RON: Well we'll go back to the lawn and gardening work again. I mean this is the time when we have a lot of lawn chemicals, fertilizers, insecticides, pesticides and that sort of thing out. These are a particular hazard to children. I can't tell you into how many garages I've gone and seen these just either in some cases sitting on the garage floor or on a shelf within easy reach for children. So, what I suggest here is that these be stored in a cabinet, well out of reach of children, behind a door... and the door be locked with some kind of a padlock or hasp because you don't want kids getting their hands on them unexpectedly. So store those chemicals well out of reach of children. In a cabinet high up so they can't get to them. That cabinet should have a door on it and preferably a hasp or a lock. And this could include anything, solvents, anything that could be dangerous to a child. Never put chemicals, dangerous chemicals in any kind of container other than the one in which they came. You may say, "well why"? Because most containers that have dangerous chemicals in them have antidote information on them. Also, you want to know what that child took. If it's some strange substance in a glass jar or can unmarked you have no idea what they've ingested. So store them in the cans in which they came.

NEMA: Another area where injury can be prevented is the play area...

RON: We all like the idea of creating play areas in our backyard for our children, swing sets, play sets of various types. What's important here is to create a surface, cause kids are gonna fall - I don't care what you do. They're going to be climbing, they're going to be swinging, they will fall and what's important here is to create a surface so that it will absorb that fall and prevent serious injury. Believe it or not grass is very hard. Soil after a couple of years gets very compacted and just to prove this point, one time I took a watermelon and I just held it at about chest height and I dropped it onto what looked like very soft grass and the watermelon split immediately. Then we walked over to an area that had been prepared for children to play on and what we'd done is taken out about four or six inches of soil and replaced it with pea gravel, which is a small round rock... dropped the same watermelon on that and it survived intact. So when children fall on that substance it does cushion that fall and prevent serious injuries particularly head injuries. You can use sand although the problem here is it can become a neighborhood litter box for cats. You can use bark but it tends to compact over time. So I found the best material really in terms of preventing child injuries from falls is this pea gravel.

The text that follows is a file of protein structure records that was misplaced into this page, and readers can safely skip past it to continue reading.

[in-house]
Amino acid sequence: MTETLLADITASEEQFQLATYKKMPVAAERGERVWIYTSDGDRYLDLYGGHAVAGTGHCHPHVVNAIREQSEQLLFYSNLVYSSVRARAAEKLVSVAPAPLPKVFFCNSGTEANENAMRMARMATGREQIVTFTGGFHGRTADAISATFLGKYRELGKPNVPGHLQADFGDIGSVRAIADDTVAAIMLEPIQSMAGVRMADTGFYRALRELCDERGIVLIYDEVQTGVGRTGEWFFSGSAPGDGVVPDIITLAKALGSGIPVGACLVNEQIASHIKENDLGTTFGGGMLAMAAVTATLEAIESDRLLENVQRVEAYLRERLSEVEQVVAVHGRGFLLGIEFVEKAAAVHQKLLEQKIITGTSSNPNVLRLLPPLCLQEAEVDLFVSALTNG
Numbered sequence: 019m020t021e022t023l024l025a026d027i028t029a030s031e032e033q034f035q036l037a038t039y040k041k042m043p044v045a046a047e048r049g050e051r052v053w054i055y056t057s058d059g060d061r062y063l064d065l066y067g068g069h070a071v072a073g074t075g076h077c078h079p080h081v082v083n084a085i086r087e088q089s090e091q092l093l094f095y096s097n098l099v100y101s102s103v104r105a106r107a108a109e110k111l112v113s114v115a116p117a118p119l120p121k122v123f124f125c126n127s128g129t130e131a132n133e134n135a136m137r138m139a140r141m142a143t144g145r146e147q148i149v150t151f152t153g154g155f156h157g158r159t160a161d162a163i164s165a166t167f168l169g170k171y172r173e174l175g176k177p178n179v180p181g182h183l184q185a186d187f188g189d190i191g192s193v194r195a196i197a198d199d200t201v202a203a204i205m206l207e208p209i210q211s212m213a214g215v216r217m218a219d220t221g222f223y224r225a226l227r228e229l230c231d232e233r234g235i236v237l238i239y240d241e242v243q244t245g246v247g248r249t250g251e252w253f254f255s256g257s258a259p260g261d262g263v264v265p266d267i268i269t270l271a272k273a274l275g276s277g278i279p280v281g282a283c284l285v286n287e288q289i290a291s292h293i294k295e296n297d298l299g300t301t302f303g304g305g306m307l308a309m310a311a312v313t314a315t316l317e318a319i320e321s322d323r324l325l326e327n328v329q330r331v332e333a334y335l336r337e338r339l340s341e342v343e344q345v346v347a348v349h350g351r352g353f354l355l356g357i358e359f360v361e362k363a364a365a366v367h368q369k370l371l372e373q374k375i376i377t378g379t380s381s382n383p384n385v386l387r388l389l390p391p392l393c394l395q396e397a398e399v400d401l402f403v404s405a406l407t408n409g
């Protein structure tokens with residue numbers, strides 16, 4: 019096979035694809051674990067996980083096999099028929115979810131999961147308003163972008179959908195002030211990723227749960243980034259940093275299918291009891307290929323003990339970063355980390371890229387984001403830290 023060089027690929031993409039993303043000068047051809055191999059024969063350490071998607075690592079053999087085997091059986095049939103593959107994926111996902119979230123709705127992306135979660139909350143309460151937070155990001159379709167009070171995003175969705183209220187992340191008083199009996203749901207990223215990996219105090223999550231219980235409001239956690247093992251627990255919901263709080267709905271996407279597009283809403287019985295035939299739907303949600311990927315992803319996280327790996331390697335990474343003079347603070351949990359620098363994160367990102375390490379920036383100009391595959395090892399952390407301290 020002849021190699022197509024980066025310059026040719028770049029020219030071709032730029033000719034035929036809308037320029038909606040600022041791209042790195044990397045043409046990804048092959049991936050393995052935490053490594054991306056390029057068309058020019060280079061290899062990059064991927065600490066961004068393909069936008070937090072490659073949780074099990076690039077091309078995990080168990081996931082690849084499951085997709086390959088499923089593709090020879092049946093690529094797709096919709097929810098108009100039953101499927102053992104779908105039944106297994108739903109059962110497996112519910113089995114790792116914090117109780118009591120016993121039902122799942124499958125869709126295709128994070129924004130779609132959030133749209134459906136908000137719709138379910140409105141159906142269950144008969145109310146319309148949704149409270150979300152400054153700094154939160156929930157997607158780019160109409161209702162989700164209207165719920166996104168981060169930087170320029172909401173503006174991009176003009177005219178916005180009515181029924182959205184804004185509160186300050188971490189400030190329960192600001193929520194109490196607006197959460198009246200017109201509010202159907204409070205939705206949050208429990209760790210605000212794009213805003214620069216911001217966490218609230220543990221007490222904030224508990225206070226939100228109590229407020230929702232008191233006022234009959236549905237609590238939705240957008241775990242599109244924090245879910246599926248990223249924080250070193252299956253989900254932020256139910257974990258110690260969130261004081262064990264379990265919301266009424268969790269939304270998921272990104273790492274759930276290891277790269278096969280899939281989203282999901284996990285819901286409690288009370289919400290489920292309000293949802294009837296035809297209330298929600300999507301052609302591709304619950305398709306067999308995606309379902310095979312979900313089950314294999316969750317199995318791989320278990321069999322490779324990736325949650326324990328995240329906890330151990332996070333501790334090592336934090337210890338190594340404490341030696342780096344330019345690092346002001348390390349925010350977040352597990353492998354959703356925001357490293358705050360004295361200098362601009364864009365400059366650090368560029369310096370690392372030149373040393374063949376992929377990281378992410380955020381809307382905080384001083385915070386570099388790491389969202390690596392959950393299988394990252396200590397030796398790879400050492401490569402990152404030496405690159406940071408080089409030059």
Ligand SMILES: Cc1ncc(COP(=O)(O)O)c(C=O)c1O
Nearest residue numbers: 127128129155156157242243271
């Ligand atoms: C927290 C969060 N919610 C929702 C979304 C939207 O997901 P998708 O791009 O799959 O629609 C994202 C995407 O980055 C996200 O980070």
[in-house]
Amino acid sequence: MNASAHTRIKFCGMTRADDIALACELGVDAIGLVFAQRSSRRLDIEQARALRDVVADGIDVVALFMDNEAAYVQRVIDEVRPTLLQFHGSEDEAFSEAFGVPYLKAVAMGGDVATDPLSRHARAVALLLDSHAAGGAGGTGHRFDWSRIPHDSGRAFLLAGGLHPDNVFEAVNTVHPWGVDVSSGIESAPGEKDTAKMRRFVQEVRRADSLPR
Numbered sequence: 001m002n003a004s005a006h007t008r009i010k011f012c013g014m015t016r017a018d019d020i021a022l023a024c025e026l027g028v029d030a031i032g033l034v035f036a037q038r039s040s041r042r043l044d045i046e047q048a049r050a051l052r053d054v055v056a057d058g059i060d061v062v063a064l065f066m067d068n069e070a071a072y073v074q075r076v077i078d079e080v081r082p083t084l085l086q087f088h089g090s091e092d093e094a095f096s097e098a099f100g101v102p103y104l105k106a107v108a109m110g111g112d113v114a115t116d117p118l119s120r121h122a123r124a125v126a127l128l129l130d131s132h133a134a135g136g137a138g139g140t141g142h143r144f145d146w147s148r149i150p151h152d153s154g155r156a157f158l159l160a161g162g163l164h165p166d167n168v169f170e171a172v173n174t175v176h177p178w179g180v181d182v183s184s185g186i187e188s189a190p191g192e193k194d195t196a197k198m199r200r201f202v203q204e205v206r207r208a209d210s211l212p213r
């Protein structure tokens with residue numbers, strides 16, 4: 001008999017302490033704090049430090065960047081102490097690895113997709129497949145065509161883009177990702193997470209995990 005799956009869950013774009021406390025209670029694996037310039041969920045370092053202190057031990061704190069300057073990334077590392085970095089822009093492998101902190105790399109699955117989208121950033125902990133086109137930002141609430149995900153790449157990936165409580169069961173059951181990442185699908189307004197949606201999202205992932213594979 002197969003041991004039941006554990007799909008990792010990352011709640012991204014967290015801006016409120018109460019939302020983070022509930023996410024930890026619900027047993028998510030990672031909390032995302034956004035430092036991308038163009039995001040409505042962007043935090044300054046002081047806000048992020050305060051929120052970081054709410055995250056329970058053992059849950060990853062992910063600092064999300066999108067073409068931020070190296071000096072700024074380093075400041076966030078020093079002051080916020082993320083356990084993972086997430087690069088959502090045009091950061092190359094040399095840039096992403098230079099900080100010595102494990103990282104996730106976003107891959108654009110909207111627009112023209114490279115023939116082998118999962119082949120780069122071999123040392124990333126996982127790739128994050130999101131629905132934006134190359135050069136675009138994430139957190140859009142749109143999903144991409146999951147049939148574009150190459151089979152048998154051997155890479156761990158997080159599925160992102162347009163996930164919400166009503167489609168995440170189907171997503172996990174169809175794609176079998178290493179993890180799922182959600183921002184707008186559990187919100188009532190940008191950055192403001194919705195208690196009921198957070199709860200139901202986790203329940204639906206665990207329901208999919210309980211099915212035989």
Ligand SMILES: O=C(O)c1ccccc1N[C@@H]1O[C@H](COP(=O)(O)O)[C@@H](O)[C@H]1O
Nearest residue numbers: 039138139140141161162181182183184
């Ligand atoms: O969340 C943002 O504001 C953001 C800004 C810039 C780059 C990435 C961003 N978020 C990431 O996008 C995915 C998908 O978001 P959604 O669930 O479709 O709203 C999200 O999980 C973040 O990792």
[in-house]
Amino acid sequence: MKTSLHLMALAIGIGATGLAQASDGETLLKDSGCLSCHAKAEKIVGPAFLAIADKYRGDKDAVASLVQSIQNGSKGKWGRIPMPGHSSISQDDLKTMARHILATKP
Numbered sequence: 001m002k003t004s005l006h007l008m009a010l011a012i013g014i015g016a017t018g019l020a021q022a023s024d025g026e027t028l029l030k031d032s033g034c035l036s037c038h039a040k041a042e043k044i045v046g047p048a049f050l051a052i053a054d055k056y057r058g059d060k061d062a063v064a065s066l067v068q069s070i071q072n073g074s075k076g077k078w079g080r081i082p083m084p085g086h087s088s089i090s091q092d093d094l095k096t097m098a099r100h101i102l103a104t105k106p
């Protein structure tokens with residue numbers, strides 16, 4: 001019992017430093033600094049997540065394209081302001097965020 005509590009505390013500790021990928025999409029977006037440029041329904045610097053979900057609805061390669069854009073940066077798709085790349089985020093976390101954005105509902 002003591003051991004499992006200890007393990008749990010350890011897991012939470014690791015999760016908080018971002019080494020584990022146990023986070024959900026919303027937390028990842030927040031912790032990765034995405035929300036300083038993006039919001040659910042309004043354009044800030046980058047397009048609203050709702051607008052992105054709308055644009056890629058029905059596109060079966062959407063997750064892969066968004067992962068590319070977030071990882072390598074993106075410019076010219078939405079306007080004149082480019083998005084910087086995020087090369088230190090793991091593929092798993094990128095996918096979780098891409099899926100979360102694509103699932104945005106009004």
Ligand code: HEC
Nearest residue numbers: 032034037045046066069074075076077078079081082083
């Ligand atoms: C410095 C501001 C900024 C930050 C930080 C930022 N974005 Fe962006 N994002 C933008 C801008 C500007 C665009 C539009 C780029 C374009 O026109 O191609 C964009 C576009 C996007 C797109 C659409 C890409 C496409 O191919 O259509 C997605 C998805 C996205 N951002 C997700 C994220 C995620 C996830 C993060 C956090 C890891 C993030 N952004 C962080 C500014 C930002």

NEMA: What about the playsets themselves...any recommendations on wood versus plastic...or how to keep them safe over time...?

RON: ...play sets for your child if you're going to be buying a new one. Couple things you want to look for if you are going to go for a wood play set make sure the wood does not have sharp edges on it, it doesn't splinter easily. Ideally I'd like to see all the bolts countersunk so that they don't protrude. And take a, especially this time of year, if it's an older set, one that's been around for awhile, take a hammer and a wrench and go over that play set and drive all the nails that have kind of popped up down below the surface and tighten any loose bolts. And if you do find a surface that is rough, sand it down before the children start to play on it. If you're going to be buying a slide for your child, I think I would prefer a fiberglass or plastic over metal they don't get as hot. And be sure the slide is shaped so that it sort of flattens out at the bottom...it gives them a chance to sort of slow down before it ends. I don't like to see climbing platforms for most young children under nine or ten years of age much higher then about 6 feet off the ground. And you want to check if the, you want to check the spacing between the ballisters, those vertical por, those vertical sort of post on the railings. You want to make sure that they are spaced closely enough so that a child cannot get their head thru them.

NEMA: I know there have been accidents where kids have gotten their heads stuck in the posts, and were killed or seriously hurt when they fell off the platforms. So, that's a really important point many people wouldn't think about. Our thanks to Ron Hazelton, the home improvement editor at ABC's Good Morning America and the host of "The House Doctor" on Home & Garden TV. His special on home and garden safety will be on HGTV Saturday, June 28th, at 5 p.m. Be sure to catch it. We're much more active during the warm months, and that means more chances for injury...unless we know the kinds of mistakes we make and the ways to avoid them. Add a healthy dose of caution and preparation to your jobs and hobbies...and they'll become productive and safe.

SPOT: Small pages....big advice on parenting...from infants to teens. What to expect, emotionally and physically, as your child grows. How to develop positive discipline,how to deal with kids and TV, adolescent issues, drug education, fighting, single and step parenting...it's all in the 'Little Book of Parenting, available through the National Emergency Medicine Association. Call 1-800-332-6362 for more information.

NEMA: Thanks for joining us for today's program. If you have any comments or suggestions, contact this station. Or visit our home page at: www.nemahealth.com/ ...for a look at transcripts of this or past programs, or to find out more about the National Emergency Medicine Association. I'm Steve Girard at The Heart of the Matter.